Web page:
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P-203 The ‘Box of Me’ project
  1. Siobhan Kenyon
  1. St Ann’s Hospice, Stockport, UK


Background A Hospice UK report (Equality in hospice and end of life care: challenges and change. 2021) suggests that discriminatory views remain unchallenged within health and social care settings. There is a lack of training and knowledge surrounding LGBTQ+ care needs. Not addressing an individual’s holistic care needs within palliative care can be distressing and even traumatic to the LGBTQ+ community. Advance care planning (ACP) is important for the LGBTQ+ community and could be a way to relieve some of this distress (LGBT Foundation. Hidden figures: LGBT health Inequalities in the UK. 2020). It assists in making decisions about future care, ensures that important people to you are involved in the decision making, and ensures that the correct name and gender is used in death (Hospice UK. ‘I just want to be me’: Trans and gender diverse communities access to and experience of palliative and end of life care. 2023).

Aims Empower the LGBTQ+ community to have difficult conversations early to reduce potential distress.

Methods A LGBTQ+ Palliative care coordinator (PCC) worked in partnership with a LGBTQ+ charity as part of a 12-month scoping project within a borough of Greater Manchester. During this partnership, the PCC worked closely with a group of volunteers. Experiences were shared with the PCC and discussions took place on how to improve their experiences. Future planning and tools to provide insight into their identity and their lives was important to the group. From this, the ‘Box of Me’ memory and ACP box was developed together to take back control when it comes to palliative and end of life care.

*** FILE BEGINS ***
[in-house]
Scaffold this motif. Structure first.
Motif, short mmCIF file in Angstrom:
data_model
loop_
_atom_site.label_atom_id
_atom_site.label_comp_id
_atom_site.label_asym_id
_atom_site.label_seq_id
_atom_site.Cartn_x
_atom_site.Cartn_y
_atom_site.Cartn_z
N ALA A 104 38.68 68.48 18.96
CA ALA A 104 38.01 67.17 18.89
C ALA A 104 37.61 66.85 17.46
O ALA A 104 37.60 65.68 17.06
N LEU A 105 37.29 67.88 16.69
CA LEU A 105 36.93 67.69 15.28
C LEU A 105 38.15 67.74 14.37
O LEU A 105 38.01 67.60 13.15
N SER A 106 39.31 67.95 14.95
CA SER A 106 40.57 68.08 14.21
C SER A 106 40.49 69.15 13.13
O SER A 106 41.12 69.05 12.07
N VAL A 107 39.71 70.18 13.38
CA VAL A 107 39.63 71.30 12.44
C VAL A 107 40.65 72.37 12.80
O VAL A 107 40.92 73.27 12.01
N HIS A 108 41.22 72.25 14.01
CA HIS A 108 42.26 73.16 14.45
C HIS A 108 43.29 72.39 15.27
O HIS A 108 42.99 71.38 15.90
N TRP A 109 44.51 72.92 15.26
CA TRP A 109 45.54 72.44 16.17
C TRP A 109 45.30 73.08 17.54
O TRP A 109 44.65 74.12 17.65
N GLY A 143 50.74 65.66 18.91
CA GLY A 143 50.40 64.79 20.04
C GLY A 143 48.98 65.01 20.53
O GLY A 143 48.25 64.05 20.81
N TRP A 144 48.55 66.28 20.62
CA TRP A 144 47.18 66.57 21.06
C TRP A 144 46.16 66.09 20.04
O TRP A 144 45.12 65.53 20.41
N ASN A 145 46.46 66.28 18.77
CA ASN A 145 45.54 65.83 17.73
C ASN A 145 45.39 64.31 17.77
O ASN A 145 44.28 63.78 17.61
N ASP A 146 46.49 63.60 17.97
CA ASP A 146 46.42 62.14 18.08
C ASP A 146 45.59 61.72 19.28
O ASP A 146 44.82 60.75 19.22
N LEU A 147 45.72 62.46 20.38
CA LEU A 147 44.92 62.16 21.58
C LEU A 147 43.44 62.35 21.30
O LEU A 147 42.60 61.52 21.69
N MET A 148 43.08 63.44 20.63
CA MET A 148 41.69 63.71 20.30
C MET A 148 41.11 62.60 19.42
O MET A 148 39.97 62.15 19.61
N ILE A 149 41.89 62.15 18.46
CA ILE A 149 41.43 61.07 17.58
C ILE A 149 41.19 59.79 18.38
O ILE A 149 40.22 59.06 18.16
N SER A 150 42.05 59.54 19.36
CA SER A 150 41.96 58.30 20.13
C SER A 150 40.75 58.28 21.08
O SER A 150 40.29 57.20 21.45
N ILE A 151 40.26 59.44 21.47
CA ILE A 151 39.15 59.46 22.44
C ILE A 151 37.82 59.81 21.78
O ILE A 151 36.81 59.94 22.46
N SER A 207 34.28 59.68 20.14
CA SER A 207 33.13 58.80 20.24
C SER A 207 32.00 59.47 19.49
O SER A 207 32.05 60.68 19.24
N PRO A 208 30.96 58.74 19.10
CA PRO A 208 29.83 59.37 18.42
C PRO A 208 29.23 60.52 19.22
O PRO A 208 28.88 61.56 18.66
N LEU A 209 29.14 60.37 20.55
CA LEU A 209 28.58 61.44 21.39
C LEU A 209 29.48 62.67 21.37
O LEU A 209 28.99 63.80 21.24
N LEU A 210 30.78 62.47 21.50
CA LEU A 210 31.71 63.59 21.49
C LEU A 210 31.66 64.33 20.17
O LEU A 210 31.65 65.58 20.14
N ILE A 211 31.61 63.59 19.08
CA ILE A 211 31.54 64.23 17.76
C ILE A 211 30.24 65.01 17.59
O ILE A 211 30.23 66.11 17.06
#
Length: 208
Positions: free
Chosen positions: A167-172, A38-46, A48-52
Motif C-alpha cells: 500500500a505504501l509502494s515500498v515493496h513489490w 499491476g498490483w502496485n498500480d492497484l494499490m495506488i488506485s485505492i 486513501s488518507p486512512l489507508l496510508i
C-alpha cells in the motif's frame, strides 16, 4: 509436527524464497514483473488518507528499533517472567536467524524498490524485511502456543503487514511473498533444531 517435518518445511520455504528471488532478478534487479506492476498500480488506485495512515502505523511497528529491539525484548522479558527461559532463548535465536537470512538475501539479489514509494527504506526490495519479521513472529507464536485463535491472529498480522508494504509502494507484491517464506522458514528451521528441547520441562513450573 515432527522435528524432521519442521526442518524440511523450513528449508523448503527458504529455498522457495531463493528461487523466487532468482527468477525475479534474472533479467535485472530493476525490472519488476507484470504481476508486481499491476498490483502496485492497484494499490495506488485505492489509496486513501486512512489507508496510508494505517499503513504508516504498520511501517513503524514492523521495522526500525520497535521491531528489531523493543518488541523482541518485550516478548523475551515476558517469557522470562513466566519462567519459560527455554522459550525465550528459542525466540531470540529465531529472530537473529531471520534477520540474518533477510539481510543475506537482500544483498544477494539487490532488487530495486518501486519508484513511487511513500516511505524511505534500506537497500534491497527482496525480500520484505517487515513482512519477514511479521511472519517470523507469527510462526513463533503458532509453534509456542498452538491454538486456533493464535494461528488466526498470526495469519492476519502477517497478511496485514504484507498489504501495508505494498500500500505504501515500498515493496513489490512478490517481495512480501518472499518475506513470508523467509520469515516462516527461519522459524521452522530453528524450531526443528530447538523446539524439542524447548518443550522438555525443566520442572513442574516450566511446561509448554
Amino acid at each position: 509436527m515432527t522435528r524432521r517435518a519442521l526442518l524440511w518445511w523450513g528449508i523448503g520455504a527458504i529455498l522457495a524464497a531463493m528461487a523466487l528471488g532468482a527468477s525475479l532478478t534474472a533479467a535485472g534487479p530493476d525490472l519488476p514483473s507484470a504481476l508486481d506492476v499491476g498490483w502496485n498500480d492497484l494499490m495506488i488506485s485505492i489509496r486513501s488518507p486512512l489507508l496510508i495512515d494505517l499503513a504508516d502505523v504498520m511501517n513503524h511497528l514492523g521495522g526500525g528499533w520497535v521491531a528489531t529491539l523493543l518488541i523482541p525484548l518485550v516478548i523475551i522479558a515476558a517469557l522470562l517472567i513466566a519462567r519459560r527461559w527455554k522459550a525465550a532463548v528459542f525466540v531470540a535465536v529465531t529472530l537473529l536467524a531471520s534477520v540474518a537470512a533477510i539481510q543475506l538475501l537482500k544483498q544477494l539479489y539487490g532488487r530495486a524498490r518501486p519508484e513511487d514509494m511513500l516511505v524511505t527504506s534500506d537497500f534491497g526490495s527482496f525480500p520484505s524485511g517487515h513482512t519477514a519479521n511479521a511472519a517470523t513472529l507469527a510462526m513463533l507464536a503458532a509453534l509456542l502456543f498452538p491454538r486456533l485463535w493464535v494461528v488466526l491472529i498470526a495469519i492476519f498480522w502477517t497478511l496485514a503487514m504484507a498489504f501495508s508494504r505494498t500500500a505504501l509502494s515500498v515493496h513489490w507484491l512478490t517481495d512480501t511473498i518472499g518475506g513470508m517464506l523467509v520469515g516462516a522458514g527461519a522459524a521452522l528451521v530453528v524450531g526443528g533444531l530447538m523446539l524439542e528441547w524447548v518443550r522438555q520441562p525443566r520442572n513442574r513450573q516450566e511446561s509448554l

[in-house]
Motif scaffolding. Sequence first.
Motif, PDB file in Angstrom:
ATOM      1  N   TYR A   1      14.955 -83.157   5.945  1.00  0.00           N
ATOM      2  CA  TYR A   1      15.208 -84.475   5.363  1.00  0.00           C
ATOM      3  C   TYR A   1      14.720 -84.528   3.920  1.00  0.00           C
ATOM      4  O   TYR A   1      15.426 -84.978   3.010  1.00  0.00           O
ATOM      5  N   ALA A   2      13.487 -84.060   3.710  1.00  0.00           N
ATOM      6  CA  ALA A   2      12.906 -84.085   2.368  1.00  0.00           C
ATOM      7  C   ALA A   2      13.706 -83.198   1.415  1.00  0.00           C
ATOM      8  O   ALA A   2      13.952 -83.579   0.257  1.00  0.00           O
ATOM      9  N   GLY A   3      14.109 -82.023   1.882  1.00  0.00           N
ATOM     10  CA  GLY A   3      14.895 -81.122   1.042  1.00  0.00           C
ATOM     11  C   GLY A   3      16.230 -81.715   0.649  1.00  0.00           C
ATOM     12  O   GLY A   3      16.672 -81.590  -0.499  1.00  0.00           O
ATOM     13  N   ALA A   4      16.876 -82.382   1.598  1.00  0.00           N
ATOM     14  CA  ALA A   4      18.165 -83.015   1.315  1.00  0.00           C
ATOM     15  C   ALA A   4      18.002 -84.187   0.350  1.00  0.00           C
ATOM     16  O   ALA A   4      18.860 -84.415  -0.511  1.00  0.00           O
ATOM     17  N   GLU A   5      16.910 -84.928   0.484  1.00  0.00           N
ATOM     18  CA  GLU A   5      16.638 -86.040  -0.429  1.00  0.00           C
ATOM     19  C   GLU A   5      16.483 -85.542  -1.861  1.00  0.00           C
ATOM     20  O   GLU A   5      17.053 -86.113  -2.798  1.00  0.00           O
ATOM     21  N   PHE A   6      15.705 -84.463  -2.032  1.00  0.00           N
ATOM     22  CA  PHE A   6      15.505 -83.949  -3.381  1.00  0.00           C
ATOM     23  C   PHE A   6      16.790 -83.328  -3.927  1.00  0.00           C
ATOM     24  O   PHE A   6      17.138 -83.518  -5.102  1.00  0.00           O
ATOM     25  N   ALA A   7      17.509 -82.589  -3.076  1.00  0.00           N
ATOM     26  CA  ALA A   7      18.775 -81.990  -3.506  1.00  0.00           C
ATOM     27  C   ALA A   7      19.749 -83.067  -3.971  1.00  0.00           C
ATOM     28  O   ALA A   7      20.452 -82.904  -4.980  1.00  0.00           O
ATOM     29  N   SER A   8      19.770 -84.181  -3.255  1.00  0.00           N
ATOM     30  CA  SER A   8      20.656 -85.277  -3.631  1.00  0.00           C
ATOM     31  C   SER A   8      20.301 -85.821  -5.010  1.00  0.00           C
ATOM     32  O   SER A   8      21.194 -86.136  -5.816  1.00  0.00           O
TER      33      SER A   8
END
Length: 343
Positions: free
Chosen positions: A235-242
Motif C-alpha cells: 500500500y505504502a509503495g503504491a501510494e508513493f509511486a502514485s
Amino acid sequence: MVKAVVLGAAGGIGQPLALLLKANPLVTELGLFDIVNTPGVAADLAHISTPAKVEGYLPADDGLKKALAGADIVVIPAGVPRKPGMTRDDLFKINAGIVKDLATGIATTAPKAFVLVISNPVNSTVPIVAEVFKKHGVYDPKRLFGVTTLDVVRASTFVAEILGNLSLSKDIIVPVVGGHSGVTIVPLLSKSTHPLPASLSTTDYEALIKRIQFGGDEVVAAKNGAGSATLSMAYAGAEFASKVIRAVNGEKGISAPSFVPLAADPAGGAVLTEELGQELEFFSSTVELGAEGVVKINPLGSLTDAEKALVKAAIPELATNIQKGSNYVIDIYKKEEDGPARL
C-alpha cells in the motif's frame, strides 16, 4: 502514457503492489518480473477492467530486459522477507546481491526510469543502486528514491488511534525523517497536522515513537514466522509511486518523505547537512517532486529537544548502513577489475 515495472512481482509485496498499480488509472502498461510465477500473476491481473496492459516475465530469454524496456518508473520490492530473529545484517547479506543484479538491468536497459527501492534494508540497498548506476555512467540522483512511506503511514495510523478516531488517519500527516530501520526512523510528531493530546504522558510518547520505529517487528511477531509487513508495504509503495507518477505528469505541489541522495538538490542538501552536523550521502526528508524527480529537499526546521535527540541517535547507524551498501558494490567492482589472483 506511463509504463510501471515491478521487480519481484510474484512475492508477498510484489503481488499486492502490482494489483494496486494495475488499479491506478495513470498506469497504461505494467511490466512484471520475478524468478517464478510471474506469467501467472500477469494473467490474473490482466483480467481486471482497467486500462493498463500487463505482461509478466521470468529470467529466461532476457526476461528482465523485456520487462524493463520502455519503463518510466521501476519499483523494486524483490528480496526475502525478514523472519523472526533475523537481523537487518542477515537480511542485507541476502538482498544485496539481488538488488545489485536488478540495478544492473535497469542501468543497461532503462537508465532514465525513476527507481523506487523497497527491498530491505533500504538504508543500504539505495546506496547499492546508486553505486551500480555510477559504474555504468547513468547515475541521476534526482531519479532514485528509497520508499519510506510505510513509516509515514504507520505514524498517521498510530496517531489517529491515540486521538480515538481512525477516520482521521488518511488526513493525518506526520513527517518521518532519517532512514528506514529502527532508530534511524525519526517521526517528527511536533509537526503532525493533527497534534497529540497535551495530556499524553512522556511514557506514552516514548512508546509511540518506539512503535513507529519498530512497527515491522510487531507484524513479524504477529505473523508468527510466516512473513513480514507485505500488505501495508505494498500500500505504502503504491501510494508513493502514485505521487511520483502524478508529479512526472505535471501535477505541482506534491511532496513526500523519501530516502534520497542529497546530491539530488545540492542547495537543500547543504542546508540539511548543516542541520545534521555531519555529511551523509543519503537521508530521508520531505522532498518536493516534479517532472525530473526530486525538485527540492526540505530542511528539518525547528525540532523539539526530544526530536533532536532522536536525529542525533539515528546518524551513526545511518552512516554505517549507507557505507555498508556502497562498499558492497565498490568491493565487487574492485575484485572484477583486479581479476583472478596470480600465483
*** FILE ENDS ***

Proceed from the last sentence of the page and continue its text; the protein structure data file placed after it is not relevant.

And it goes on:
Results Since launching in December 2022, three ‘Box of Me’ workshops have taken place with sixteen participants. Anonymous feedback was submitted at the end of each workshop by all participants. All feedback was positive, and participants felt that the workshop was beneficial. Due to its success, future workshops will take place.

Conclusions Reducing barriers in organisations is reliant on a culture shift, but this will take time. In the meantime, we can empower the LGBTQ+ community to work to reduce potential distress within palliative and end of life care through ACP.

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